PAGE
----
Visitors will be transported to a bygone era as they enter Aldwych station’s recreated historic ticket office with an original ticket booth from the station dating from the 1930s, famous Leslie Green tiles from the station, as well as a newspaper stand advertisement announcing the station’s closure on 30 September 1994.

Some objects will be on public display for the first time such as a 1939 architectural drawing of Down Street station before it was converted into a secret bunker.  It is the first time such a large number of archive photographs, objects, artworks, diagrams and heritage posters relating to disused stations have been displayed together.

The exhibition uncovers why these ‘lost’ quirks of the Underground network exist; changes in population, new and expanding Underground lines resulted in lower passenger numbers at certain stations such as Aldwych, economic priorities and political pressures have all led to spaces being abandoned. But they rarely stay that way. While some sections of the Tube system lie ‘forgotten’, many have been repurposed for new activities and are used as film sets, Hidden London tours and even for growing salad leaves.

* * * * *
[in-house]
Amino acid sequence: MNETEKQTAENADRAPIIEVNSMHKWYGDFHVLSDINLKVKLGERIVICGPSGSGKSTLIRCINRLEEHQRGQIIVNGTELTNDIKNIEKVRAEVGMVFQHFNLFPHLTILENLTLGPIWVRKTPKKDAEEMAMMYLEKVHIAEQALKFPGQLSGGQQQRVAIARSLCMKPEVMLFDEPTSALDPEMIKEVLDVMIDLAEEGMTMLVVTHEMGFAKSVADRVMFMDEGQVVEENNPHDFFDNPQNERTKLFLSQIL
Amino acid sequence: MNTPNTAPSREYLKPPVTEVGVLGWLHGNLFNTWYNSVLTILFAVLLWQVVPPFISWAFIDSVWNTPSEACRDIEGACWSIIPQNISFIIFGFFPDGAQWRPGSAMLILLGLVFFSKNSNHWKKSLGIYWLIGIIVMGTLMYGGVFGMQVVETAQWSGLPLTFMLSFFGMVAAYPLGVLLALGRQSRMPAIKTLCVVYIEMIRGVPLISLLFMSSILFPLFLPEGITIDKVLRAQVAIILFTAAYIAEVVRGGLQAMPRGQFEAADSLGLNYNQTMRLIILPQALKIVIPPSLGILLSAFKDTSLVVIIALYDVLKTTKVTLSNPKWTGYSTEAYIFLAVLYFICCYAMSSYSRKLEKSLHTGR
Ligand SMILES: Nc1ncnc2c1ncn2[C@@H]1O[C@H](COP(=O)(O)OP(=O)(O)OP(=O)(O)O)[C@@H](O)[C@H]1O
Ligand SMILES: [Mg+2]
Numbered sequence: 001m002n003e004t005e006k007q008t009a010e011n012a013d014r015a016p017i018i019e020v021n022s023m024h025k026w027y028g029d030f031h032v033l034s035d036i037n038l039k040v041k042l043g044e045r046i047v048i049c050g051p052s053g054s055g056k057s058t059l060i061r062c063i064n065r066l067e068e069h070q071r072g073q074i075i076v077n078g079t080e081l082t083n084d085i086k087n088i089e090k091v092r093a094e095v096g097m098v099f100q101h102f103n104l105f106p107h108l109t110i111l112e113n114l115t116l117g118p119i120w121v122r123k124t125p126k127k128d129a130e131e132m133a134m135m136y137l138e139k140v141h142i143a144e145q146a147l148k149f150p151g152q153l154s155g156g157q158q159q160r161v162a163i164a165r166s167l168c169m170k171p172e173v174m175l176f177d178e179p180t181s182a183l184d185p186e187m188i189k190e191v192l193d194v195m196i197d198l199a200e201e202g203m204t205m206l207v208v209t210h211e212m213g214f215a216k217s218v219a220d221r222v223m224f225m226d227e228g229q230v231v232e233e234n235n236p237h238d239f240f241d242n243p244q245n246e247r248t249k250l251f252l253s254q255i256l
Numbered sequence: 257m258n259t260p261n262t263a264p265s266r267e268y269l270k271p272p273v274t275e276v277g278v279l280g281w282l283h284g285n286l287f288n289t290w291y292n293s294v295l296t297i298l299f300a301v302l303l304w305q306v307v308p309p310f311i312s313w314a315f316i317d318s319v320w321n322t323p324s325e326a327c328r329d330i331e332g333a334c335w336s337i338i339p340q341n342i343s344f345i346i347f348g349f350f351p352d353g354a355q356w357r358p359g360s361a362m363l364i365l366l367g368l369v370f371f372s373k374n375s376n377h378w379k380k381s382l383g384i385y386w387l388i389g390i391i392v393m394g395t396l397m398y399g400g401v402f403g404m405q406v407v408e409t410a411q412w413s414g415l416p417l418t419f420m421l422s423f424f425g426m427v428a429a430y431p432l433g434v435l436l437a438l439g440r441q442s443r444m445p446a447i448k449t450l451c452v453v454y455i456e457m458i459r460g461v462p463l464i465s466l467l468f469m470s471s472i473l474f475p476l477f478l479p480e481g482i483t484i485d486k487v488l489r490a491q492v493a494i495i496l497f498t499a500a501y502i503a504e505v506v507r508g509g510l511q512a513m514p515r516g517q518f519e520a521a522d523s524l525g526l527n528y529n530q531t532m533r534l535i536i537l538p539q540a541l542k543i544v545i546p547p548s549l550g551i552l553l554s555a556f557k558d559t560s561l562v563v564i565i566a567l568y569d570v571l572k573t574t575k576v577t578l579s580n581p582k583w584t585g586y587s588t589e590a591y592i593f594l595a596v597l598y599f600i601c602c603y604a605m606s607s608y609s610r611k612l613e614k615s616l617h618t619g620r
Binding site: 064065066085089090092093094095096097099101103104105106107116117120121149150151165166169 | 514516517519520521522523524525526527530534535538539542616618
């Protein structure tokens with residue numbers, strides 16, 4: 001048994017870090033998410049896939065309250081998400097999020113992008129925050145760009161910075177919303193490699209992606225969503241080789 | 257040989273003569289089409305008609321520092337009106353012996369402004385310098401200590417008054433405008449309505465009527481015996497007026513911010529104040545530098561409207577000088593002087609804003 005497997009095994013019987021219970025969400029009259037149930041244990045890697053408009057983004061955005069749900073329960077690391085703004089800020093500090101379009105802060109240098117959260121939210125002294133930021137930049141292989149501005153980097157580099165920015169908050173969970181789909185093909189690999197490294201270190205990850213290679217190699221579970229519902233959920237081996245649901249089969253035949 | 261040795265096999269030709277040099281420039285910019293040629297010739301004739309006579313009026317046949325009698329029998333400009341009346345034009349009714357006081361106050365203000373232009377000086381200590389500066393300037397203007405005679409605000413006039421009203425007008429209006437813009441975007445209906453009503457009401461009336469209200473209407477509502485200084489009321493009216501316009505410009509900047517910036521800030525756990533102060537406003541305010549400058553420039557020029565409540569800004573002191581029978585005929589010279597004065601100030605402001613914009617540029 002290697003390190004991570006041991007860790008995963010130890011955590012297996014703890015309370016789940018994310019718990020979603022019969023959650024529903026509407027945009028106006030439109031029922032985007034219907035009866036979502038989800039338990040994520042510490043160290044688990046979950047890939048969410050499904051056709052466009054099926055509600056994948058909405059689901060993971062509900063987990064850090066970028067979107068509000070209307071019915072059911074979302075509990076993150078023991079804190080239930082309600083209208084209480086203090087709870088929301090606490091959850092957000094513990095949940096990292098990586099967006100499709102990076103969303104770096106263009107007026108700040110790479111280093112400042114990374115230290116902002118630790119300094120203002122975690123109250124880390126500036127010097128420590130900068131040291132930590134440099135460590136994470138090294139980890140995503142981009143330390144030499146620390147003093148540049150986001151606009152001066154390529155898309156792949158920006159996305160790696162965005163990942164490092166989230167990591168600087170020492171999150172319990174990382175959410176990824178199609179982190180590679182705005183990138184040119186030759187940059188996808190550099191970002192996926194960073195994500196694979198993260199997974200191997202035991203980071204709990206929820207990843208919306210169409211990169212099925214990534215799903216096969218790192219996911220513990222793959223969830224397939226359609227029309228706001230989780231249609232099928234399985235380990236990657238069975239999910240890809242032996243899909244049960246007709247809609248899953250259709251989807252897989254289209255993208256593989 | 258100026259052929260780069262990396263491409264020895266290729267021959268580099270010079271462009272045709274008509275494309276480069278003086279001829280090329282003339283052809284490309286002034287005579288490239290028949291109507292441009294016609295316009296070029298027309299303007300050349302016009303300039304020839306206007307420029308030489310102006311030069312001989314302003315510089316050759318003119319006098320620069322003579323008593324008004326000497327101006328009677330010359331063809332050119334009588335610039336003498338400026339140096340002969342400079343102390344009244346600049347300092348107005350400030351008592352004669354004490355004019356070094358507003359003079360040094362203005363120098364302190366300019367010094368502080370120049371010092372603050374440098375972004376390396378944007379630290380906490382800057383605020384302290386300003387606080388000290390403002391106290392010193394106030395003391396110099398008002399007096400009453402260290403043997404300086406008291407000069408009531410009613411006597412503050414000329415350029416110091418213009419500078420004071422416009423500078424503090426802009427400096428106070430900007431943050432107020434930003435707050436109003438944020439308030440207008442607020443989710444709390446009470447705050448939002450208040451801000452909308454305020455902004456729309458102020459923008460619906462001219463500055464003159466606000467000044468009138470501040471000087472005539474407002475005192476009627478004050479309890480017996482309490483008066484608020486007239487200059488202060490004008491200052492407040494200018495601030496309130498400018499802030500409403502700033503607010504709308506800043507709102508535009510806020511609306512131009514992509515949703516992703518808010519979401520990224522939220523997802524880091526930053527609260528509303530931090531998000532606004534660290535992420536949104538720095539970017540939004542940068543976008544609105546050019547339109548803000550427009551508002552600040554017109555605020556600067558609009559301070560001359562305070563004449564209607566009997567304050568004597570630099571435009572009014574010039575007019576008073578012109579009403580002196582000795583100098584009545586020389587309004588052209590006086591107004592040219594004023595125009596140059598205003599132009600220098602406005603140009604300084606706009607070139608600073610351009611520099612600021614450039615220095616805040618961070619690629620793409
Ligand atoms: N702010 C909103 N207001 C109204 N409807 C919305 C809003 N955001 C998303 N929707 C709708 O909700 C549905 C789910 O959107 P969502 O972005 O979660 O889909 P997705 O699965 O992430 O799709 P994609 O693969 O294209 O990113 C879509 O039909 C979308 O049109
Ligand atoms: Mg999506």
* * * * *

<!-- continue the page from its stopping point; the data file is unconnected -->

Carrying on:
King William Street, a station on the first deep-level electric Tube railway which opened in 1890, became redundant in 1900 when the platforms were found to be pointing the wrong way for a proposed new development. This was the result of the City and South London Railway deciding to extend further north of London Bridge. A new northward tunnel was built in 1900, bypassing King William Street which was then left abandoned. Today, this disused station is not open to the public. Images of King William Street station are very rare; the few that exist will be on display, including a drawing of the interior of some of the station in 1890 and a diagram showing how unfinished stations were converted to air raid shelters.

During both the First and Second World Wars, Tube stations provided natural shelter from dropping bombs. For whole nights, these dark, grimy and humid environments accommodated civilians. At the start of the Second World War sheltering was initially banned on the Underground network, but as the capital came under near-continuous aerial attack, Londoners flocked to Tube stations and this policy was changed. Original shelter tickets, advertising posters warning of the dangers of air raids, as well as a graph from 1941 showing how infectious diseases could spread demonstrate to today’s visitors the harsh realities of life underground during this period of siege.